ALL ABOUT DRIVING IN PORTUGAL

A car is essential if you want to see everything Portugal has to offer. Many Portuguese cities are connected by train or bus, but more rural areas, like the interior of the country, are reachable by private transport only. In Portugal, people drive on the right side of the road and overtake on the left. You will find that driving in Portugal is very similar to driving in the United States, but there are a few differences. For example, much of the nationwide network of highways are toll roads. They are easy to pay, however, and will not be a major concern for people who are renting cars.

Portuguese drivers on the whole are safe, but you may very well encounter hotheads. Practice defensive driving and keep calm. Also, you may notice many drivers drive above the speed limit. That does not mean you can do it too. Although it may not look that way at times, speed limits are indeed enforced and you can not only incur a fine of hundreds of Euros, you can also lose your driving privileges in Portugal, which will put a damper on your trip.

Unlike in the U.S., where many cities were built specifically for the car, some Portuguese cities have narrow streets in downtown areas, which will require some skill and finesse to navigate. (Keep in mind that even though some streets are narrow, they will most likely be two-way streets, so be careful.) Also, as you enter most Portuguese cities, you will find yourself entering a roundabout in order to reach downtown areas. If you intend to exit the roundabout later than a half-circle after you enter it, stay in the inside lane until you are ready to exit, and then move to the outside lane.

Driving should be an enjoyable experience if you take note of the recommendations and rules outlined on these pages. Enjoy your trip and have fun experiencing scenic Portugal!

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ALL ABOUT DRIVING IN PORTUGAL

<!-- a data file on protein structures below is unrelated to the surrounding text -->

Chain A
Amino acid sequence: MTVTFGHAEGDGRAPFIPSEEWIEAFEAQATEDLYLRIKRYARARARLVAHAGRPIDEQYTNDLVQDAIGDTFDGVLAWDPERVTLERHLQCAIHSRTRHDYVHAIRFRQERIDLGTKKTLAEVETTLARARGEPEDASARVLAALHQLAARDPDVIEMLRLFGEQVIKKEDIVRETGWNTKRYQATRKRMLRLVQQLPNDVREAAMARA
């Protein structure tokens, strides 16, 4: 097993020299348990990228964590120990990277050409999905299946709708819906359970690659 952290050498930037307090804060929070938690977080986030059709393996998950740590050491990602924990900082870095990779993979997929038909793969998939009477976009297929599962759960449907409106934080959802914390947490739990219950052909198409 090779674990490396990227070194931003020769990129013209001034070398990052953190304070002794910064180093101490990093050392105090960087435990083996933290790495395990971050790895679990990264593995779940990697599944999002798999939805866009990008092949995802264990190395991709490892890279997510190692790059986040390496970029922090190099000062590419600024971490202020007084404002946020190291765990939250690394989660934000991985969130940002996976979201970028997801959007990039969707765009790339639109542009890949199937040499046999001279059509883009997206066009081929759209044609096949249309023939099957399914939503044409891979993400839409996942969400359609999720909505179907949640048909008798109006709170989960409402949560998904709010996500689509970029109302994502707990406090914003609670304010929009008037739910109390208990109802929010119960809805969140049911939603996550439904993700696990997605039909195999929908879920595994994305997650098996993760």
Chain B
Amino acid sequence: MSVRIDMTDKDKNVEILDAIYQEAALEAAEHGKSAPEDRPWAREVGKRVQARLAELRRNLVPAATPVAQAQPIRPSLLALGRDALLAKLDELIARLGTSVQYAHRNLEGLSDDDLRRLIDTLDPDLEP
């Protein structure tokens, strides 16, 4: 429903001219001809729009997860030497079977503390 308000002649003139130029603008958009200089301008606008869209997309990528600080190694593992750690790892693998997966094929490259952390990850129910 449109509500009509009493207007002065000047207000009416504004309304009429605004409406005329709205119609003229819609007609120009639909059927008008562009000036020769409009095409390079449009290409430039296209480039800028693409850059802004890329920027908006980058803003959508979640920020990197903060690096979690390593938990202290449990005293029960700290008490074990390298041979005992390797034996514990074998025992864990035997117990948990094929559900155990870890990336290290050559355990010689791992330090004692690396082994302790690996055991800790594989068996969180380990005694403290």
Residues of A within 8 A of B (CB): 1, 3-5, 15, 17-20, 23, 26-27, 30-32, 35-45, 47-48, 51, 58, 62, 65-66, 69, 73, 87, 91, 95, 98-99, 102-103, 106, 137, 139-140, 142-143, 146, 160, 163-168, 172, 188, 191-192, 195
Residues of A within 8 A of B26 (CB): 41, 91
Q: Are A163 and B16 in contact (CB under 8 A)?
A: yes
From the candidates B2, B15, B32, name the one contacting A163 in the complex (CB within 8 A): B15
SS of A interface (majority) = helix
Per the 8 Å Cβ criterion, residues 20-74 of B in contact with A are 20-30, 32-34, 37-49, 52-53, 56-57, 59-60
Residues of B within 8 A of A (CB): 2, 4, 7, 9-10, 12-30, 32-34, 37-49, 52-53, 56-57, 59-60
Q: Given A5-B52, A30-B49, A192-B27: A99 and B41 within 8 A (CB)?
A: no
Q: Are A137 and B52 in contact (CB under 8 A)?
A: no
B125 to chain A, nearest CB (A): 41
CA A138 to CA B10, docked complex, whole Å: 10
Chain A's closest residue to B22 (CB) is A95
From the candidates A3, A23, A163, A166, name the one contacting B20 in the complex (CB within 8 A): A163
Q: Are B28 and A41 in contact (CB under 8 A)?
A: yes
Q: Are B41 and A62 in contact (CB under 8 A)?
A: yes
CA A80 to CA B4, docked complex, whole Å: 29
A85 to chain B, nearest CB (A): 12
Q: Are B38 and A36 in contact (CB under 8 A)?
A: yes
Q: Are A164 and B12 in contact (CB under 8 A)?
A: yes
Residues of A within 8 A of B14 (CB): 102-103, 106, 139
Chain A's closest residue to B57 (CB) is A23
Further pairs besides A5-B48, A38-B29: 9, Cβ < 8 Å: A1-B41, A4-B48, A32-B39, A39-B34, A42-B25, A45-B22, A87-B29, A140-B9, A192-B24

A car is essential if you want to see everything Portugal has to offer. Many Portuguese cities are connected by train or bus, but more rural areas, like the interior of the country, are reachable by private transport only. In Portugal, people drive on the right side of the road and overtake on the left. You will find that driving in Portugal is very similar to driving in the United States, but there are a few differences. For example, much of the nationwide network of highways are toll roads. They are easy to pay, however, and will not be a major concern for people who are renting cars.

Portuguese drivers on the whole are safe, but you may very well encounter hotheads. Practice defensive driving and keep calm. Also, you may notice many drivers drive above the speed limit. That does not mean you can do it too. Although it may not look that way at times, speed limits are indeed enforced and you can not only incur a fine of hundreds of Euros, you can also lose your driving privileges in Portugal, which will put a damper on your trip.

Unlike in the U.S., where many cities were built specifically for the car, some Portuguese cities have narrow streets in downtown areas, which will require some skill and finesse to navigate. (Keep in mind that even though some streets are narrow, they will most likely be two-way streets, so be careful.) Also, as you enter most Portuguese cities, you will find yourself entering a roundabout in order to reach downtown areas. If you intend to exit the roundabout later than a half-circle after you enter it, stay in the inside lane until you are ready to exit, and then move to the outside lane.

Driving should be an enjoyable experience if you take note of the recommendations and rules outlined on these pages. Enjoy your trip and have fun experiencing scenic Portugal!